Volume 79, Number 7 | July 22 - 28, 2009
West and East Village, Chelsea, Soho, Noho, Little Italy, Chinatown and Lower East Side, Since 1933


Candidate was accused of harassment in custody case

By Josh Rogers

City Council candidate Pete Gleason was accused of harassment by the mother of his child soon after she gave birth to their son almost nine years ago.

The couple had split up before Gleason’s ex-girlfriend gave birth, and after the breakup, she accused him of showing up uninvited to her doctor’s appointments, making repeated calls and constantly checking up on her whereabouts. On Jan. 11, 2001, about a month after the baby was born, Gleason came to the mother’s Manhattan apartment to visit with their son and refused to remain in the baby’s room, according to an affidavit she filed in New York Civil Supreme Court in February 2001.

She said he walked around her entire apartment with their son while looking through photos and other personal belongings. Gleason, now 46, “in effect, controlled my entire apartment with his meanderings and refused to respect my space,” she said in her sworn affidavit.

She called her attorney and then police but did not file a complaint. She says that after police left, Gleason, an attorney, accused her of assaulting him with her leg, “supposedly” while she was nursing their son.

There is no indication she ever accused Gleason of using or threatening violence and she did not ask for an order of protection, although she did say she was frightened. The mother, who now considers Gleason to be a good friend and father, got temporary custody of the baby.

For the next visit, the mother had Gleason meet her at her parents’ home on Long Island. He showed up with a video camera to document the visit and refused to take the baby directly from her until her father stood close to supervise the exchange, according to her affidavit. There was a similar encounter on the next visit. The mother said he refused to leave her parents’ home and stayed five hours at least one time.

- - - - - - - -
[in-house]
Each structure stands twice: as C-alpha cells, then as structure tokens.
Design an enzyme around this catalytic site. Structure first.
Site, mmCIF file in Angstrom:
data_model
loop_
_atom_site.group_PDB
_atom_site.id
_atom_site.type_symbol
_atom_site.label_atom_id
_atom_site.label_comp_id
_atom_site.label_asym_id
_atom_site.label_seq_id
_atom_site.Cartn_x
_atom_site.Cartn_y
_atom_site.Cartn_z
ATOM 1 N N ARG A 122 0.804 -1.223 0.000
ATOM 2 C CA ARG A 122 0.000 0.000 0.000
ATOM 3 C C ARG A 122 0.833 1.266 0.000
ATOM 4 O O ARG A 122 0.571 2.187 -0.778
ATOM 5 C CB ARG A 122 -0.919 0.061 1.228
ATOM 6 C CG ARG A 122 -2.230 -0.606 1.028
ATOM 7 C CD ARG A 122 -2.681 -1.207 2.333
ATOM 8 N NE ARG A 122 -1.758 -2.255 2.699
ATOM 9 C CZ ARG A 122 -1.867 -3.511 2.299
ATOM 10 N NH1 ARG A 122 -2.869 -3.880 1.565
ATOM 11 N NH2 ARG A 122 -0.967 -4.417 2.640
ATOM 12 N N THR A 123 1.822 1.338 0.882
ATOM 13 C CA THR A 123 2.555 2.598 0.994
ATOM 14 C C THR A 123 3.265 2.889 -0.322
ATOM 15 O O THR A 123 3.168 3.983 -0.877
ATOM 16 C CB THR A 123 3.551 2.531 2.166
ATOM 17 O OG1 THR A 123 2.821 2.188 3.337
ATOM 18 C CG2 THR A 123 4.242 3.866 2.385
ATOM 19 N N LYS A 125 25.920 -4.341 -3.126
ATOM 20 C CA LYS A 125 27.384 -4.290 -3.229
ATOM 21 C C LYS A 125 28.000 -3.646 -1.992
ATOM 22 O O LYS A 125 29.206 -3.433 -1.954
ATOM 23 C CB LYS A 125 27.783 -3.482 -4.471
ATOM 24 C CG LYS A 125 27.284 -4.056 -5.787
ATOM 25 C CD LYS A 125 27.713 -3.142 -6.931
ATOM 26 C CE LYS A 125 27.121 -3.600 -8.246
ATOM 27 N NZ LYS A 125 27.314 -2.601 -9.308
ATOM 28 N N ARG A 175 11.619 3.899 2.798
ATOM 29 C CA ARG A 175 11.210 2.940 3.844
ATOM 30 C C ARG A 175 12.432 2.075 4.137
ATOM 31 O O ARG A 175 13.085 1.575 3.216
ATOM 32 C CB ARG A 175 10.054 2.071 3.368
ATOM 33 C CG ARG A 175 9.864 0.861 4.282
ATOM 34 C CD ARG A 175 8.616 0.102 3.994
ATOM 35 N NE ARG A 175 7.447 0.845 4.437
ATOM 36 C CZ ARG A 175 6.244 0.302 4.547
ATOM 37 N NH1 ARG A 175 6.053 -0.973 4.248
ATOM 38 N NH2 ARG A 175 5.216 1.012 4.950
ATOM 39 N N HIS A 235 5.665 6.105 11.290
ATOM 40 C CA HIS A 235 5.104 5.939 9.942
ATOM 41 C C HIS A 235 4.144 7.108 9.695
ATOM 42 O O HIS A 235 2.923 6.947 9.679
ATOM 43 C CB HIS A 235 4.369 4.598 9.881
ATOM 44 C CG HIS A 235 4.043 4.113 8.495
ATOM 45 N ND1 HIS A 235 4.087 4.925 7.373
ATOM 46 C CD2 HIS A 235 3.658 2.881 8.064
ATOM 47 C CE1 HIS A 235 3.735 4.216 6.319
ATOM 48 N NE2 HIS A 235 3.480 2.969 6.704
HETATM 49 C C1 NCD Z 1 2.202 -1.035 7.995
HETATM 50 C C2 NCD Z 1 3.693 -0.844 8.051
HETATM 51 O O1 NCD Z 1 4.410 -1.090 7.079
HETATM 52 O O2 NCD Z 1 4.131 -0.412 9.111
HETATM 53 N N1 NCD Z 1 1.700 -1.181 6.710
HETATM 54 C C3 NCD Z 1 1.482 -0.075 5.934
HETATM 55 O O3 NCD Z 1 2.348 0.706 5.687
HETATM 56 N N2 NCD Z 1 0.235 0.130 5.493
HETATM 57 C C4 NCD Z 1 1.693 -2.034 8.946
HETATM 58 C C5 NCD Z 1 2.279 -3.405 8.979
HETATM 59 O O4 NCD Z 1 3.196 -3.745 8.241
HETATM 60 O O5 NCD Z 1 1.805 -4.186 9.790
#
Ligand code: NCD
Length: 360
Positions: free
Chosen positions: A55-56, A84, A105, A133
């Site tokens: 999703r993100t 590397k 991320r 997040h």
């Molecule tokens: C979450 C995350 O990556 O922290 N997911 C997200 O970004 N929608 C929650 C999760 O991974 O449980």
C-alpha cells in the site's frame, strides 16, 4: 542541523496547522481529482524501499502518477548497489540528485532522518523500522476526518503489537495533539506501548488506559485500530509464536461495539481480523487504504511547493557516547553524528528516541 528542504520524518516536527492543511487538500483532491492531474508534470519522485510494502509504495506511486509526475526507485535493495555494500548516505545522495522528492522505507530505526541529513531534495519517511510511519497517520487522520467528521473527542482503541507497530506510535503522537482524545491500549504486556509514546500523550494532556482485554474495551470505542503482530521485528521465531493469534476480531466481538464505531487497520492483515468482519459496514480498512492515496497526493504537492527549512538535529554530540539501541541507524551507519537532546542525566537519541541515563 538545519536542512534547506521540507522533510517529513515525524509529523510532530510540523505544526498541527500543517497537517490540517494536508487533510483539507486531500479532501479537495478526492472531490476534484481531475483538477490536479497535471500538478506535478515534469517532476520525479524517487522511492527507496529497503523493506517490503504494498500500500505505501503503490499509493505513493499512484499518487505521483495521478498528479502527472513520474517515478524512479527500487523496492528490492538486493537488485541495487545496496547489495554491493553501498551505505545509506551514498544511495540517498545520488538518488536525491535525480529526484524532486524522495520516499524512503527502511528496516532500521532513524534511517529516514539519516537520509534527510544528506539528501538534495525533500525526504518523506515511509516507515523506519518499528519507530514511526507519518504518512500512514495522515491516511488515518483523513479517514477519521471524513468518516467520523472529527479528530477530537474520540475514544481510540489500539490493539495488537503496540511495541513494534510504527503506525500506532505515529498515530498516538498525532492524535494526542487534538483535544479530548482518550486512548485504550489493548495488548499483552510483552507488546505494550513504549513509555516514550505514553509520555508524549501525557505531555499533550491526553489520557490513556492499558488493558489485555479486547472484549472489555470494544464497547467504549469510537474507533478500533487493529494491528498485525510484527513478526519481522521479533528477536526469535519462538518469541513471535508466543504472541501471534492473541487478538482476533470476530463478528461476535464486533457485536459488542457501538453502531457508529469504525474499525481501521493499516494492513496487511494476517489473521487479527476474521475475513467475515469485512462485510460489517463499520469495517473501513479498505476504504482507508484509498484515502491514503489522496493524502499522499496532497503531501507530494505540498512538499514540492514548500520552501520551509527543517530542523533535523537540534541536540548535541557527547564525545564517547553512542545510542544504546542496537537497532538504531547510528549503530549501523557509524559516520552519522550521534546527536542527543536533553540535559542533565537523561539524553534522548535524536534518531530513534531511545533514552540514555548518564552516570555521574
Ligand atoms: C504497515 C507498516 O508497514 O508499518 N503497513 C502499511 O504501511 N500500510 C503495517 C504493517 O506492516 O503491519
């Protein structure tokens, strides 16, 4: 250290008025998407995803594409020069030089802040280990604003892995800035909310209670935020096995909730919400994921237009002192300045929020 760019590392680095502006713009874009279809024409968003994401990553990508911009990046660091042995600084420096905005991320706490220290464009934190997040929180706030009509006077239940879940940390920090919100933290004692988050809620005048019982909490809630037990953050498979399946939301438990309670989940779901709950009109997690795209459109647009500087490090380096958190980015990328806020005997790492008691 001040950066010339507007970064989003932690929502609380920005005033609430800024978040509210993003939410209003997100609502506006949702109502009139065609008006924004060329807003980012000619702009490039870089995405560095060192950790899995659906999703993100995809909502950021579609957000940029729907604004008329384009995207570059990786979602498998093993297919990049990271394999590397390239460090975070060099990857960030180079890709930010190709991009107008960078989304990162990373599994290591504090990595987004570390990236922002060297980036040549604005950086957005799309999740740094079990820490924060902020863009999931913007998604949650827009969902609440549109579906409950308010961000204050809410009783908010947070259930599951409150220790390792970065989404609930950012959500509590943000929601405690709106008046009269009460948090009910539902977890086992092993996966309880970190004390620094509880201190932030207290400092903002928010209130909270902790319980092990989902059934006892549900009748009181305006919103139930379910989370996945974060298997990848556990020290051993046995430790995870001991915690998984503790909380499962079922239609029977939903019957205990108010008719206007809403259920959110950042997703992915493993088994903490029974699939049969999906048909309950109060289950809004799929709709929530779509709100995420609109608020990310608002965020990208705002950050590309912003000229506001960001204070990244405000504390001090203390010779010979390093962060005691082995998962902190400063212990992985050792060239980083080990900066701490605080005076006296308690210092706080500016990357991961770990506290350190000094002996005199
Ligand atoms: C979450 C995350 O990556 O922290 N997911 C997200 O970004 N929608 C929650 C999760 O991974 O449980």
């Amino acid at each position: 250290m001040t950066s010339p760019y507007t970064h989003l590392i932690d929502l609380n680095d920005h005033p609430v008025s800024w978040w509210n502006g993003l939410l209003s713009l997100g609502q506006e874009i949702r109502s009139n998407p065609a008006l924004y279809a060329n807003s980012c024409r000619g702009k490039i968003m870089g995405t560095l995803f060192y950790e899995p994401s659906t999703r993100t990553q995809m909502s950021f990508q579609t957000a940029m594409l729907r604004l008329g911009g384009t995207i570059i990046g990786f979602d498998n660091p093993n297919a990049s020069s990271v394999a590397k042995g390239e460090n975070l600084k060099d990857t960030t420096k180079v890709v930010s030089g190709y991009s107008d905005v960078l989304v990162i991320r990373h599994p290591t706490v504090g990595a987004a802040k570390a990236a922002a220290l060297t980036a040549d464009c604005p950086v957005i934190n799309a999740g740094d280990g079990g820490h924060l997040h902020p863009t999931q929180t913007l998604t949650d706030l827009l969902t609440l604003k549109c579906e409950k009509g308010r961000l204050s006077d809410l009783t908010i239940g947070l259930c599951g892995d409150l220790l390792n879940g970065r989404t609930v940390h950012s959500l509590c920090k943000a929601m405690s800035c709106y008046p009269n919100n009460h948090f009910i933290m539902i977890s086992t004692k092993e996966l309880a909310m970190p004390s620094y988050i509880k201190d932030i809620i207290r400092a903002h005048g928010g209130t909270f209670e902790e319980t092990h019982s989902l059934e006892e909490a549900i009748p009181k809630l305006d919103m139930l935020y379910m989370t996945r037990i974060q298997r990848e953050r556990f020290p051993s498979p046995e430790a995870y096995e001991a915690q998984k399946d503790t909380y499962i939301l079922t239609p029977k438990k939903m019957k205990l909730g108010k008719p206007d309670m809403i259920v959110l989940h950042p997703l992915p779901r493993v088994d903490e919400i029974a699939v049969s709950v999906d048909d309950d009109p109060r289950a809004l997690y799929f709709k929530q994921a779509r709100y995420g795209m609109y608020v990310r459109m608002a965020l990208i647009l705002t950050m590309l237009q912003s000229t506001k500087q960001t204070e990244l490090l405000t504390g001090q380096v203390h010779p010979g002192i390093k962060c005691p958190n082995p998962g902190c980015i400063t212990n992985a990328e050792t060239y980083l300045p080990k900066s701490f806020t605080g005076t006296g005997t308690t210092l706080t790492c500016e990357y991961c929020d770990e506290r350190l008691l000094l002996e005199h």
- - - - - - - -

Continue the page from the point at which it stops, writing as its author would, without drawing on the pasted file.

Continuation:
(In response to requests from the woman and from Gleason, The Villager has decided not to publish her name.)

The baby’s grandmother recently said that the tension from 2001 is mostly gone and “things have changed 97 percent for the better.”

Attorney Patricia Ann Fersch, who represented the mother and is a founder of the Family Law Center, submitted an affidavit in the case, saying she did not think Gleason’s conduct rose to the need for an order of protection, but she did think it constituted harassment and felt Gleason used his legal knowledge to intimidate the mother and pressure her into a joint-custody arrangement.

The mother did not want to be interviewed but sent a statement to the paper last week.

“Pete Gleason is a loving father, a good man and a close friend,” she said. “It is important to have him in my son’s life. Whatever happened years ago is a personal matter and has nothing to do with the current political race. The Pete Gleason I know is a kind and decent man who is dedicated to serving his community. Although I find it deplorable that this election has brought the dirt of New York City politics into my family, I know Pete Gleason will be an energetic, inspired and devoted City Councilmember.”

The court documents are public records and were provided to The Villager by a source unfriendly to Gleason. They were not supplied recently and it was not done as a direct or indirect effort on the part of any of the campaigns competing against Gleason.

The Villager first informed Gleason that the paper had documents with the prior accusations against him several weeks ago. He declined an interview request then and subsequent ones.

Gleason sent a prepared statement to the paper last week: “I love my son,” he said. “Some time ago his mother and I had a difficult custody dispute which was amicably resolved. I share custody of my son and have a great relationship with his mother. This race is about real solutions for the many issues facing our neighborhoods,” he said, citing affordable housing, education and quality-of-life issues.

Before becoming a lawyer, Gleason worked as a police officer and firefighter in Manhattan. He lives in Tribeca and ran for City Council in 2003, when he was trounced by one of his current opponents, Councilmember Alan Gerson. This year, in a five-person Democratic primary field, Gleason appears to be a much stronger candidate having won the support of Downtown Independent Democrats and of several local political leaders who supported Gerson in the past. The Democratic primary is Tues., Sept. 15.

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